Wednesday, 28 November 2012

A hotfix for the ASP.NET browser definition files in MS .NET Framework 4.0

This post describes a hotfix for the ASP.NET browser definition files that are included in the Microsoft .NET Framework 4.0.

This blog is mainly for the ASP.NET developer's who are all using IE 10 and Mozilla Firefox 4.0 or a later version of Mozilla Firefox  browser's.The following are 2 Issue's so far and you can get the current fix from MSFT.

Issue 1

Consider the following scenario:
  • You use Windows Internet Explorer 10 to access an ASP.NET-based webpage.
  • The webpage starts a postback.

In this scenario, the postback fails, and you receive the following error message:
Script Error encountered", "'__doPostBack' is undefined
Note The webpage can start a postback in various ways. For example, a LinkButton control can start a postback.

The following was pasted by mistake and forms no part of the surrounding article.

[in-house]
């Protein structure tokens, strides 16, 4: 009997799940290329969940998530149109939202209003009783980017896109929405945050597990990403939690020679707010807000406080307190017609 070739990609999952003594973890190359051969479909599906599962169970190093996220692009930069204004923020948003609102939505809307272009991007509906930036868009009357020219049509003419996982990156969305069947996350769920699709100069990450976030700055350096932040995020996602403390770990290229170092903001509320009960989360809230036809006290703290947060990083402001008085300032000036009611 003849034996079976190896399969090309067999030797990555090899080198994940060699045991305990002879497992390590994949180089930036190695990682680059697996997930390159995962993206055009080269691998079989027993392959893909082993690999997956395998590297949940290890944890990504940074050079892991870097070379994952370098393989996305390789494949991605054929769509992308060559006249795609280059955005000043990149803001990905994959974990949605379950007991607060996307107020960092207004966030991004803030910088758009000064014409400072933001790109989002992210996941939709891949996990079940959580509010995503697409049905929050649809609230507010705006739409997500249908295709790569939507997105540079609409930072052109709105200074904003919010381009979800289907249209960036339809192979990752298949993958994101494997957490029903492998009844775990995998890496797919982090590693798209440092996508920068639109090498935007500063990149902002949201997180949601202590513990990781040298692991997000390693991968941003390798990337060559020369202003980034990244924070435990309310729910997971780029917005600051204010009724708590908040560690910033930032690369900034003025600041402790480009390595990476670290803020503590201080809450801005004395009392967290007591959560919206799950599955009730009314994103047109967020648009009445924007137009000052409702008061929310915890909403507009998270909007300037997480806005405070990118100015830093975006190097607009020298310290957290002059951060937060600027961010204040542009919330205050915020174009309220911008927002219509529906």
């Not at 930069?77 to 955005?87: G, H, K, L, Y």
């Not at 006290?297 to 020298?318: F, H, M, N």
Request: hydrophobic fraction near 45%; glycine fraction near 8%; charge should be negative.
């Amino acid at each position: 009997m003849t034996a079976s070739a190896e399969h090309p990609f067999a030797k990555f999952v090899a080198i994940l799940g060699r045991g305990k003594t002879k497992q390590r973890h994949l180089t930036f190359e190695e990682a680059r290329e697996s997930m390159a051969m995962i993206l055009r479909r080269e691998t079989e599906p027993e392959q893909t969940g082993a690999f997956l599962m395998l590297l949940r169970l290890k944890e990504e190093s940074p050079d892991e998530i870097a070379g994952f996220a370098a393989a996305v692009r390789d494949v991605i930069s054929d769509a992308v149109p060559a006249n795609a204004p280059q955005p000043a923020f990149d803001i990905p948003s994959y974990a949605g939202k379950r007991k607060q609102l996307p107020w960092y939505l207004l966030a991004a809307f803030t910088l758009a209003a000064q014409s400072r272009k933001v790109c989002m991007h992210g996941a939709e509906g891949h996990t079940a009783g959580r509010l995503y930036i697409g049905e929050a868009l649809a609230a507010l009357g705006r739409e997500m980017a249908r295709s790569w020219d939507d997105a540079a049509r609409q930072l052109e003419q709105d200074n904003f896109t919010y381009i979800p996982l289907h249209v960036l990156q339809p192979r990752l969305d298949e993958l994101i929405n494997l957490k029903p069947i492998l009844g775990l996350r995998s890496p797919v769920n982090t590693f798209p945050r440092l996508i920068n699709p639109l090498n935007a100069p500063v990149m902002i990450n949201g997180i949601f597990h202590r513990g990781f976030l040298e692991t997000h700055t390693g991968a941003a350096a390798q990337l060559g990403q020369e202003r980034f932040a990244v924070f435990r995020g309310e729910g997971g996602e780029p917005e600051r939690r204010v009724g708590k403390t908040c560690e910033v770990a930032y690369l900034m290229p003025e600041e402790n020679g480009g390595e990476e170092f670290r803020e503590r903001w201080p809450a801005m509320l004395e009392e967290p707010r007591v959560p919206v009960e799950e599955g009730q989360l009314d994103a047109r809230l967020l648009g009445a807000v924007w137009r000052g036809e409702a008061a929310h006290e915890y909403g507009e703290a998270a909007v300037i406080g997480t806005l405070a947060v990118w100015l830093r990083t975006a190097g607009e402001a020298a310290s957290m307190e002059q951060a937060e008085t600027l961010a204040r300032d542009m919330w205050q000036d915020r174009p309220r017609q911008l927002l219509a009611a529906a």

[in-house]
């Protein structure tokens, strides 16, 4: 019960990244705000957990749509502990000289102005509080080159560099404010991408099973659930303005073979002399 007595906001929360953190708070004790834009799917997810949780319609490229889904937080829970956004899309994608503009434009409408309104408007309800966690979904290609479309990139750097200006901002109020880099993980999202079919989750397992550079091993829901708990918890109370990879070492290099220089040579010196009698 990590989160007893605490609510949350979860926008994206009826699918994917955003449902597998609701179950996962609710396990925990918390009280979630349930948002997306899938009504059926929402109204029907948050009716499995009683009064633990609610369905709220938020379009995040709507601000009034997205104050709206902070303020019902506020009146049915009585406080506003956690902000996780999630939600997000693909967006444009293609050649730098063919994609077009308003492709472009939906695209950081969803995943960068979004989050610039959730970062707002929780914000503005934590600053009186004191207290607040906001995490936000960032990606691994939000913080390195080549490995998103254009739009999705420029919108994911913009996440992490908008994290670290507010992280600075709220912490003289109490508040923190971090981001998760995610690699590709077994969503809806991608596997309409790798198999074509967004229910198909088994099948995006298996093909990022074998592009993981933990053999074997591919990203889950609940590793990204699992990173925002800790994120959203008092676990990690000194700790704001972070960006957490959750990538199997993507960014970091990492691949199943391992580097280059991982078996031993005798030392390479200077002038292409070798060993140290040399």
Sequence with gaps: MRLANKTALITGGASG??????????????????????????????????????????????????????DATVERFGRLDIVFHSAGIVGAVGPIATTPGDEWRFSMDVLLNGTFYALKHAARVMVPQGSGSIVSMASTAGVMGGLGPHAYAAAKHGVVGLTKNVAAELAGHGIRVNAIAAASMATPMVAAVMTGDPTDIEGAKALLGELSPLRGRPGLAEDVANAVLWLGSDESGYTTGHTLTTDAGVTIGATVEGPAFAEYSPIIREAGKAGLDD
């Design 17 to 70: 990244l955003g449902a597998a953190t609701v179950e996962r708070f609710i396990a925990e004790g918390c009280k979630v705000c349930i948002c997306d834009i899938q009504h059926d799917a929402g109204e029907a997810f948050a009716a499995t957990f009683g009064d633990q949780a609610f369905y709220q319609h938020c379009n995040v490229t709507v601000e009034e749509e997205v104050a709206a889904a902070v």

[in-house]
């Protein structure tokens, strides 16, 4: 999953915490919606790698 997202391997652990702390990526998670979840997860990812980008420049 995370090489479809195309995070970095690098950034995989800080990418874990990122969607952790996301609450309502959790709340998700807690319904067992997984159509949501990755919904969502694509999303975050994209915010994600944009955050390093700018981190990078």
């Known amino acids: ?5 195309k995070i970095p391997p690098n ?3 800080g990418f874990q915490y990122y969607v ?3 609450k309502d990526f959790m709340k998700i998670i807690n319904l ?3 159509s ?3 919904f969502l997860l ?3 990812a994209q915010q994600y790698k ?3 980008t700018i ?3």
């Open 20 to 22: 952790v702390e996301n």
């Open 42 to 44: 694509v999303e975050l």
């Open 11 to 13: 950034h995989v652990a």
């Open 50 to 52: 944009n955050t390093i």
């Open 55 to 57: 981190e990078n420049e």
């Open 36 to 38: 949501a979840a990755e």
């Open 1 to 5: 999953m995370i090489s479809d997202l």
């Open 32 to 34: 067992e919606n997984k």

Issue 2

Consider the following scenario:
  • You create an ASP.NET-based webpage that has the MaintainScrollPositionOnPostBack attribute set to True.
  • You use Mozilla Firefox 4.0 or a later version of Mozilla Firefox to open the webpage.
  • The webpage starts a postback.

In this scenario, the scroll position of the webpage is not maintained after postback.

This hotfix introduces updated definitions in the browser definition files for Internet Explorer and for Mozilla Firefox. The browser definition files are stored in one of the following folders, depending on the installed version of the Microsoft .NET Framework:

  • For 32-bit versions of the .NET Framework 4.0

  • For 64-bit versions of the .NET Framework 4.0
By default, ASP.NET uses sniffing technology for the user agent string to detect browsers. The browser definition files cover a certain range of browser versions. However, as the version numbers increase, ASP.NET might not recognize new versions of a browser by using the user agent string. In this case, ASP.NET might handle these versions as an unknown browser. For example, ASP.NET cannot recognize Windows Internet Explorer 10 that has the following user agent string:

Mozilla/5.0 (compatible; MSIE 10.0; Windows NT 6.1; Trident/6.0)

This hotfix is intended to correct only the problem that describedabove. Apply this hotfix only to systems that are experiencing the problem described the same